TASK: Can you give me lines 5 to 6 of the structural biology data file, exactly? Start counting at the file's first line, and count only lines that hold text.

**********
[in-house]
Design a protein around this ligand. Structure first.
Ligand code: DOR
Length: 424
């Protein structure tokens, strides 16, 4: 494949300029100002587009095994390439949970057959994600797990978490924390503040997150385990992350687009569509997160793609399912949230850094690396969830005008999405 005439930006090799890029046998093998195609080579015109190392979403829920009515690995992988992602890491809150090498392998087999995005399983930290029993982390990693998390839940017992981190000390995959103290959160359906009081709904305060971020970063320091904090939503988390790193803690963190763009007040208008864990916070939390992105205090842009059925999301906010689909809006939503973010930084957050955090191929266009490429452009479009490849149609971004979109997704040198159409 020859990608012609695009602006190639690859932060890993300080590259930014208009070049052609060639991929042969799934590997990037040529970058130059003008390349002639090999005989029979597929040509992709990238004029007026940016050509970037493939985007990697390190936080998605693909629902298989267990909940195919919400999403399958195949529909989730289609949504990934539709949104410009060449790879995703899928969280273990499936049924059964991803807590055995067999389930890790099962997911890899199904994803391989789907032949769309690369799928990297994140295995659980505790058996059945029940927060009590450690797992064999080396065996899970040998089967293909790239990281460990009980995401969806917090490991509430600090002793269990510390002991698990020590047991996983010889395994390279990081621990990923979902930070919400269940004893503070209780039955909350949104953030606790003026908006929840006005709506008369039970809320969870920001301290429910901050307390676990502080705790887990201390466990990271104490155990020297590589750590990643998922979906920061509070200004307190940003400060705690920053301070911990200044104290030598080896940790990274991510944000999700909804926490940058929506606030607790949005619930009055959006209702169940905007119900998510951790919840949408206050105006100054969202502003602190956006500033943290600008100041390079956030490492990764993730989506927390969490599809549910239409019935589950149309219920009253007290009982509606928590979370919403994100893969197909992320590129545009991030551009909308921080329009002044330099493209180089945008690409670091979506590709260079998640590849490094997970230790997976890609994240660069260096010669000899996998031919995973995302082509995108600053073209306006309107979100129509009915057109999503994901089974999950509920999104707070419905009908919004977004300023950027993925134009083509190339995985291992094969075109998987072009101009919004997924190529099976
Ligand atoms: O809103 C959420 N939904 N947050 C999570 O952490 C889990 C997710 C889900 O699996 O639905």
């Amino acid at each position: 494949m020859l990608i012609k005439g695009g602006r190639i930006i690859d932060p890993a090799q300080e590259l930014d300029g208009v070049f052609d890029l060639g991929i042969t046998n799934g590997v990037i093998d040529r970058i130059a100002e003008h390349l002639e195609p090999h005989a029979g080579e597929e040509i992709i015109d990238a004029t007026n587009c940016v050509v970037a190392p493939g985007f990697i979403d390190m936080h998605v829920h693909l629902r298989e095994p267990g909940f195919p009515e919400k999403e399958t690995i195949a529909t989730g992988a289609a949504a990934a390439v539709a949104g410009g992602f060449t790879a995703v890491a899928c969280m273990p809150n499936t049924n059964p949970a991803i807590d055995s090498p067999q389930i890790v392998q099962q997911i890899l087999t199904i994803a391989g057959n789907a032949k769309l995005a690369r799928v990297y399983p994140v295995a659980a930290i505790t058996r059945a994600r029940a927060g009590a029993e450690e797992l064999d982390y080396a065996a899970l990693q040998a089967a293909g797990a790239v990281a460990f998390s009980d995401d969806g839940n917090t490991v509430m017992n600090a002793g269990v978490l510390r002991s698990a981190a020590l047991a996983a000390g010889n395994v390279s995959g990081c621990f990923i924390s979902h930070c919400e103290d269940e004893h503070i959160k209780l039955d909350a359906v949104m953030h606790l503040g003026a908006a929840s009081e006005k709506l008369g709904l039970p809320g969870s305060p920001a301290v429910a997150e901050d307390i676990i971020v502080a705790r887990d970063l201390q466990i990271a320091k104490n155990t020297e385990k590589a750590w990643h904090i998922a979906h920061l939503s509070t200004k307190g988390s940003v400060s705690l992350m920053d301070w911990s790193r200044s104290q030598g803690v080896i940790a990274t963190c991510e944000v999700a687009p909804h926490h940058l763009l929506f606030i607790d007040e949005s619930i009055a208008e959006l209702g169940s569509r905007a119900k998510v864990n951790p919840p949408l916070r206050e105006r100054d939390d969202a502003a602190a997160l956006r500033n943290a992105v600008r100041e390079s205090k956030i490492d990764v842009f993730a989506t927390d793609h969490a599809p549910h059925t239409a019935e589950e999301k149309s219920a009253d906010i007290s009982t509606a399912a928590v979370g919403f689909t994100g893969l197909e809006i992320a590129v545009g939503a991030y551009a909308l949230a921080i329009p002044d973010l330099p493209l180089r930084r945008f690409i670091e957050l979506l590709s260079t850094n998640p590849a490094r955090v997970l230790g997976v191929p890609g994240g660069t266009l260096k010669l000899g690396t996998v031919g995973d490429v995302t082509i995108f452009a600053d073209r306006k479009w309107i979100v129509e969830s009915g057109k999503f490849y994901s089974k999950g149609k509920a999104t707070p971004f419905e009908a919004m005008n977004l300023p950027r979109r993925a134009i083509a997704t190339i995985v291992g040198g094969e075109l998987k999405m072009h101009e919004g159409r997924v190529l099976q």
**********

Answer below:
């Protein structure tokens, strides 16, 4: 494949300029100002587009095994390439949970057959994600797990978490924390503040997150385990992350687009569509997160793609399912949230850094690396969830005008999405 005439930006090799890029046998093998195609080579015109190392979403829920009515690995992988992602890491809150090498392998087999995005399983930290029993982390990693998390839940017992981190000390995959103290959160359906009081709904305060971020970063320091904090939503988390790193803690963190763009007040208008864990916070939390992105205090842009059925999301906010689909809006939503973010930084957050955090191929266009490429452009479009490849149609971004979109997704040198159409 020859990608012609695009602006190639690859932060890993300080590259930014208009070049052609060639991929042969799934590997990037040529970058130059003008390349002639090999005989029979597929040509992709990238004029007026940016050509970037493939985007990697390190936080998605693909629902298989267990909940195919919400999403399958195949529909989730289609949504990934539709949104410009060449790879995703899928969280273990499936049924059964991803807590055995067999389930890790099962997911890899199904994803391989789907032949769309690369799928990297994140295995659980505790058996059945029940927060009590450690797992064999080396065996899970040998089967293909790239990281460990009980995401969806917090490991509430600090002793269990510390002991698990020590047991996983010889395994390279990081621990990923979902930070919400269940004893503070209780039955909350949104953030606790003026908006929840006005709506008369039970809320969870920001301290429910901050307390676990502080705790887990201390466990990271104490155990020297590589750590990643998922979906920061509070200004307190940003400060705690920053301070911990200044104290030598080896940790990274991510944000999700909804926490940058929506606030607790949005619930009055959006209702169940905007119900998510951790919840949408206050105006100054969202502003602190956006500033943290600008100041390079956030490492990764993730989506927390969490599809549910239409019935589950149309219920009253007290009982509606928590979370919403994100893969197909992320590129545009991030551009909308921080329009002044330099493209180089945008690409670091979506590709260079998640590849490094997970230790997976890609994240660069260096010669000899996998031919995973995302082509995108600053073209306006309107979100129509009915057109999503994901089974999950509920999104707070419905009908919004977004300023950027993925134009083509190339995985291992094969075109998987072009101009919004997924190529099976
Ligand atoms: O809103 C959420 N939904 N947050 C999570 O952490 C889990 C997710 C889900 O699996 O639905």